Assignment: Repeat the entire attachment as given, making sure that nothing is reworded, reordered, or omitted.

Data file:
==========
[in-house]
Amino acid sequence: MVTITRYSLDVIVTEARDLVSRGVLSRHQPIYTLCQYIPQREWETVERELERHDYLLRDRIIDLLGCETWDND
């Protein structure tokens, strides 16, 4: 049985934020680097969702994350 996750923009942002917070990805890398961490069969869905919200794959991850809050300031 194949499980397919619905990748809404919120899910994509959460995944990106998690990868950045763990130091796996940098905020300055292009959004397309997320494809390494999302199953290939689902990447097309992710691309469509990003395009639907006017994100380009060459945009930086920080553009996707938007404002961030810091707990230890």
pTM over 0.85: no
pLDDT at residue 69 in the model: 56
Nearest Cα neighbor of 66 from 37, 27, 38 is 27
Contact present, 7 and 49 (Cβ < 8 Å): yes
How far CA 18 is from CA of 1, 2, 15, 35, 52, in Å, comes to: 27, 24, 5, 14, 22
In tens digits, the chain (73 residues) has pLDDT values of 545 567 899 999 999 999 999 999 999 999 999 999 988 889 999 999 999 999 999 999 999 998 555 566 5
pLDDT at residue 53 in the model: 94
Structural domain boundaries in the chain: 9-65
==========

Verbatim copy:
[in-house]
Amino acid sequence: MVTITRYSLDVIVTEARDLVSRGVLSRHQPIYTLCQYIPQREWETVERELERHDYLLRDRIIDLLGCETWDND
């Protein structure tokens, strides 16, 4: 049985934020680097969702994350 996750923009942002917070990805890398961490069969869905919200794959991850809050300031 194949499980397919619905990748809404919120899910994509959460995944990106998690990868950045763990130091796996940098905020300055292009959004397309997320494809390494999302199953290939689902990447097309992710691309469509990003395009639907006017994100380009060459945009930086920080553009996707938007404002961030810091707990230890």
pTM over 0.85: no
pLDDT at residue 69 in the model: 56
Nearest Cα neighbor of 66 from 37, 27, 38 is 27
Contact present, 7 and 49 (Cβ < 8 Å): yes
How far CA 18 is from CA of 1, 2, 15, 35, 52, in Å, comes to: 27, 24, 5, 14, 22
In tens digits, the chain (73 residues) has pLDDT values of 545 567 899 999 999 999 999 999 999 999 999 999 988 889 999 999 999 999 999 999 999 998 555 566 5
pLDDT at residue 53 in the model: 94
Structural domain boundaries in the chain: 9-65